The crude modifications look like someone tried to turn a race boat into a cruiser. Wouldn’t be the first for sure. Don’t think I’d want coffee grinders on my cruising boat. Lol.
Always dislike seeing odd ball or older designs like this wasting away in back lots of boat yards. I’m methodically going through the S&S design book looking for a match. She’s got pretty lines, home built dogbox and solar mounts notwithstanding.
Two quick observations:
1) Coffee Grinders:
There seems to be a trend towards bigger and bigger cruising boats. When I was a kid, a family of 4 might do a circumnavigation in a 35 to 38 footer. In the 1980's it seemed like 42 feet was a sweet spot. These days it seems like there are new production 45 to 60 foot production cruising boats hitting the market on a regular basis. Boats that size have huge sail plans that require handling a lot of heavily loaded line. The knee jerk design approach seems to be electrical or hydraulic driven winches, furlers, ground tackle and the like. I sort of get that in terms of ease and speed making adjustments. But to me, a large part of sailing is the physicality of it all, using your mind and your muscles to grapple with nature and the physics of it all. In that regard, I really like the idea of having a coffee grinder to be able to manage the sail plan using my own muscles as the power source. In my mind, more of these larger cruisers should have them rather than less.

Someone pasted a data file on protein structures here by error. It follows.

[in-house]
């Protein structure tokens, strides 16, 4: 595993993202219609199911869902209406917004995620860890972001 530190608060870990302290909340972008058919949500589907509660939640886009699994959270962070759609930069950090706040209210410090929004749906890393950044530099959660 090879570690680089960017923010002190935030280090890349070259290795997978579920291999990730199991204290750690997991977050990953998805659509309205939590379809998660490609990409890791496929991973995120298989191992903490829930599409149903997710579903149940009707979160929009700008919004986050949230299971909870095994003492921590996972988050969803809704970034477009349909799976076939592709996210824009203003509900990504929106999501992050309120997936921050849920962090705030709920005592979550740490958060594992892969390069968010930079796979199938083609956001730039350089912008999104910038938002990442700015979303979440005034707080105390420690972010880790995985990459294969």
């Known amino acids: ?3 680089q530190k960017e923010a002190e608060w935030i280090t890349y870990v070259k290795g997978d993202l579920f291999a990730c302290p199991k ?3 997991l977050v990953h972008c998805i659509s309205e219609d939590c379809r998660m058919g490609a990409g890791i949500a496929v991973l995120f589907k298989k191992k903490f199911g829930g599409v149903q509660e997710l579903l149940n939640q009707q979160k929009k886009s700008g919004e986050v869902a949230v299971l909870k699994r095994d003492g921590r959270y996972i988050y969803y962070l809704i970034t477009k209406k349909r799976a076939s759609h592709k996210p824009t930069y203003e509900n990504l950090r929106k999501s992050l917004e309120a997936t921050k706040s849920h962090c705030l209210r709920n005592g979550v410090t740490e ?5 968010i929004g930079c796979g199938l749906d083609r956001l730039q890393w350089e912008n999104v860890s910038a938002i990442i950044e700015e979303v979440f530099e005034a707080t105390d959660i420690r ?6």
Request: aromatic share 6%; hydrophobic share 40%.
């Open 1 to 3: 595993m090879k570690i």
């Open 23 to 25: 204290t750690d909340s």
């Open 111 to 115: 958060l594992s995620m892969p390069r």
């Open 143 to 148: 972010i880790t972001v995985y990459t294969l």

2) It is very sad to see a boat with this pedigree stashed away in a junkyard jungle, surrounded with those ignominious vessels in the picture. Tenacious and her sisterships were the pinnacle of yacht design for that era. These were big powerful boats that could withstand tremendously abusive conditions. And while we now know that compared to the better designs that followed, these were pretty mediocre designs in terms of ease of handling, seakindliness, and performance, they were none the less the best of their generation. I saw Tenacious at Bunky Helfrich's boat yard on Hilton Head in South Carolina where she was sent to be rebuilt and sold after the 1979 Fastnet. She was anything but unscathed. But sailed by a skilled and capable crew, she was none the less raced all the way around the course, returning with the crew she left with. While it is often argued that Tenacious never saw the worst of the storm, she none the less saw enough of the foul weather that bringing the crew home safe, is still a great feat performed by Tenacious, her skipper, and her crew.
By the way, where was that picture taken?